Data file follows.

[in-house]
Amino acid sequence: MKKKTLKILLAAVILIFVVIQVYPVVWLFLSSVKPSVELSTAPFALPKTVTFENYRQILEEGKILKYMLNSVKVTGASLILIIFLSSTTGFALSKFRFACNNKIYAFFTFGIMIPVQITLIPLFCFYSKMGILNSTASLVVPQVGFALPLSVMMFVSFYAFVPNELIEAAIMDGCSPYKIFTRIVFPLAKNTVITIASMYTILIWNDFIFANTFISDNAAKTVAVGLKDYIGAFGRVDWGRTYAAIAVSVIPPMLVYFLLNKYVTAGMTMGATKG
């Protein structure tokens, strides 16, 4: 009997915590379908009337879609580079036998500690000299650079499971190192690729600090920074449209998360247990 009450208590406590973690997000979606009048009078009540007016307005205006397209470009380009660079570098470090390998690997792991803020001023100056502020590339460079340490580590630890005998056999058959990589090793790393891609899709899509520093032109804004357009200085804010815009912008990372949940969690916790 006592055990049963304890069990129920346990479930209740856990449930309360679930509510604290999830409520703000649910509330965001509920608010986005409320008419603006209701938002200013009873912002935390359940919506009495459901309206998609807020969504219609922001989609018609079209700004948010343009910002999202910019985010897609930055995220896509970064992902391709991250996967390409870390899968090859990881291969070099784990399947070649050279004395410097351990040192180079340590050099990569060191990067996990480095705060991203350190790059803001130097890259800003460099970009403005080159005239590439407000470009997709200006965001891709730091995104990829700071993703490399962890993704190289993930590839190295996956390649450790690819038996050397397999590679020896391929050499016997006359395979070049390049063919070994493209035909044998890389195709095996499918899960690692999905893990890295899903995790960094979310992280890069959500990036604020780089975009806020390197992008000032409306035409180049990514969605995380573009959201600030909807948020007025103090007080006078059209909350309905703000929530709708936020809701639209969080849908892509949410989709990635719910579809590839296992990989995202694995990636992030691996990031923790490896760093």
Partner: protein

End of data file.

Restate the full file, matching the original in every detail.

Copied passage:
[in-house]
Amino acid sequence: MKKKTLKILLAAVILIFVVIQVYPVVWLFLSSVKPSVELSTAPFALPKTVTFENYRQILEEGKILKYMLNSVKVTGASLILIIFLSSTTGFALSKFRFACNNKIYAFFTFGIMIPVQITLIPLFCFYSKMGILNSTASLVVPQVGFALPLSVMMFVSFYAFVPNELIEAAIMDGCSPYKIFTRIVFPLAKNTVITIASMYTILIWNDFIFANTFISDNAAKTVAVGLKDYIGAFGRVDWGRTYAAIAVSVIPPMLVYFLLNKYVTAGMTMGATKG
């Protein structure tokens, strides 16, 4: 009997915590379908009337879609580079036998500690000299650079499971190192690729600090920074449209998360247990 009450208590406590973690997000979606009048009078009540007016307005205006397209470009380009660079570098470090390998690997792991803020001023100056502020590339460079340490580590630890005998056999058959990589090793790393891609899709899509520093032109804004357009200085804010815009912008990372949940969690916790 006592055990049963304890069990129920346990479930209740856990449930309360679930509510604290999830409520703000649910509330965001509920608010986005409320008419603006209701938002200013009873912002935390359940919506009495459901309206998609807020969504219609922001989609018609079209700004948010343009910002999202910019985010897609930055995220896509970064992902391709991250996967390409870390899968090859990881291969070099784990399947070649050279004395410097351990040192180079340590050099990569060191990067996990480095705060991203350190790059803001130097890259800003460099970009403005080159005239590439407000470009997709200006965001891709730091995104990829700071993703490399962890993704190289993930590839190295996956390649450790690819038996050397397999590679020896391929050499016997006359395979070049390049063919070994493209035909044998890389195709095996499918899960690692999905893990890295899903995790960094979310992280890069959500990036604020780089975009806020390197992008000032409306035409180049990514969605995380573009959201600030909807948020007025103090007080006078059209909350309905703000929530709708936020809701639209969080849908892509949410989709990635719910579809590839296992990989995202694995990636992030691996990031923790490896760093």
Partner: protein